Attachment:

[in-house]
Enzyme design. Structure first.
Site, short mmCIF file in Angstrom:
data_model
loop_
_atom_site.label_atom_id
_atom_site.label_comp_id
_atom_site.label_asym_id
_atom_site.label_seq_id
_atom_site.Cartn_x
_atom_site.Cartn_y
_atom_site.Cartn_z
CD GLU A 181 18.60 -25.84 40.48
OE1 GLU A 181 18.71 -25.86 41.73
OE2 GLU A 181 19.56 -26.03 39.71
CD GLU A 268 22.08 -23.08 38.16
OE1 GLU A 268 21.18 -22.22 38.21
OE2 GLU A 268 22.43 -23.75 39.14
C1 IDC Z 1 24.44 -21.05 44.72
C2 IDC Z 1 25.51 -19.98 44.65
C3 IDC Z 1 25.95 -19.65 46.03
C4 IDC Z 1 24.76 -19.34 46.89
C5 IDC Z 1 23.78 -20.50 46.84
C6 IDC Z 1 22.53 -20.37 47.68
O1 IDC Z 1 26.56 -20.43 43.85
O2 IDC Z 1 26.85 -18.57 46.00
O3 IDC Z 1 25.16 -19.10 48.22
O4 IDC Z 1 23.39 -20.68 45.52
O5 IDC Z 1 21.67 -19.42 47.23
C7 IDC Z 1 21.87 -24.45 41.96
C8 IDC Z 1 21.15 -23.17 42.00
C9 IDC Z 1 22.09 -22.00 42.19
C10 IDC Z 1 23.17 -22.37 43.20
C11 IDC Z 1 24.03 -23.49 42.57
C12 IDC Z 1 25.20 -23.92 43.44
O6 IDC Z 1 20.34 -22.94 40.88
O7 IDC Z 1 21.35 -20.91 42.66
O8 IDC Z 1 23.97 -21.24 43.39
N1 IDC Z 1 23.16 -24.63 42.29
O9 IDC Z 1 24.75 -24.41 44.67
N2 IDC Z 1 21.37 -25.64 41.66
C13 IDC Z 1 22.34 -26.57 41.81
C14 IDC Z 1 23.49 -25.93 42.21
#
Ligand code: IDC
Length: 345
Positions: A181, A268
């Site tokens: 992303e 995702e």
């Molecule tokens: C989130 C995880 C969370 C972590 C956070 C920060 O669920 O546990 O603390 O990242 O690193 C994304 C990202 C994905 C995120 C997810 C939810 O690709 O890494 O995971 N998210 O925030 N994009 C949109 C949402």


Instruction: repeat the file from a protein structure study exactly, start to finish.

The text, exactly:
[in-house]
Enzyme design. Structure first.
Site, short mmCIF file in Angstrom:
data_model
loop_
_atom_site.label_atom_id
_atom_site.label_comp_id
_atom_site.label_asym_id
_atom_site.label_seq_id
_atom_site.Cartn_x
_atom_site.Cartn_y
_atom_site.Cartn_z
CD GLU A 181 18.60 -25.84 40.48
OE1 GLU A 181 18.71 -25.86 41.73
OE2 GLU A 181 19.56 -26.03 39.71
CD GLU A 268 22.08 -23.08 38.16
OE1 GLU A 268 21.18 -22.22 38.21
OE2 GLU A 268 22.43 -23.75 39.14
C1 IDC Z 1 24.44 -21.05 44.72
C2 IDC Z 1 25.51 -19.98 44.65
C3 IDC Z 1 25.95 -19.65 46.03
C4 IDC Z 1 24.76 -19.34 46.89
C5 IDC Z 1 23.78 -20.50 46.84
C6 IDC Z 1 22.53 -20.37 47.68
O1 IDC Z 1 26.56 -20.43 43.85
O2 IDC Z 1 26.85 -18.57 46.00
O3 IDC Z 1 25.16 -19.10 48.22
O4 IDC Z 1 23.39 -20.68 45.52
O5 IDC Z 1 21.67 -19.42 47.23
C7 IDC Z 1 21.87 -24.45 41.96
C8 IDC Z 1 21.15 -23.17 42.00
C9 IDC Z 1 22.09 -22.00 42.19
C10 IDC Z 1 23.17 -22.37 43.20
C11 IDC Z 1 24.03 -23.49 42.57
C12 IDC Z 1 25.20 -23.92 43.44
O6 IDC Z 1 20.34 -22.94 40.88
O7 IDC Z 1 21.35 -20.91 42.66
O8 IDC Z 1 23.97 -21.24 43.39
N1 IDC Z 1 23.16 -24.63 42.29
O9 IDC Z 1 24.75 -24.41 44.67
N2 IDC Z 1 21.37 -25.64 41.66
C13 IDC Z 1 22.34 -26.57 41.81
C14 IDC Z 1 23.49 -25.93 42.21
#
Ligand code: IDC
Length: 345
Positions: A181, A268
């Site tokens: 992303e 995702e």
């Molecule tokens: C989130 C995880 C969370 C972590 C956070 C920060 O669920 O546990 O603390 O990242 O690193 C994304 C990202 C994905 C995120 C997810 C939810 O690709 O890494 O995971 N998210 O925030 N994009 C949109 C949402």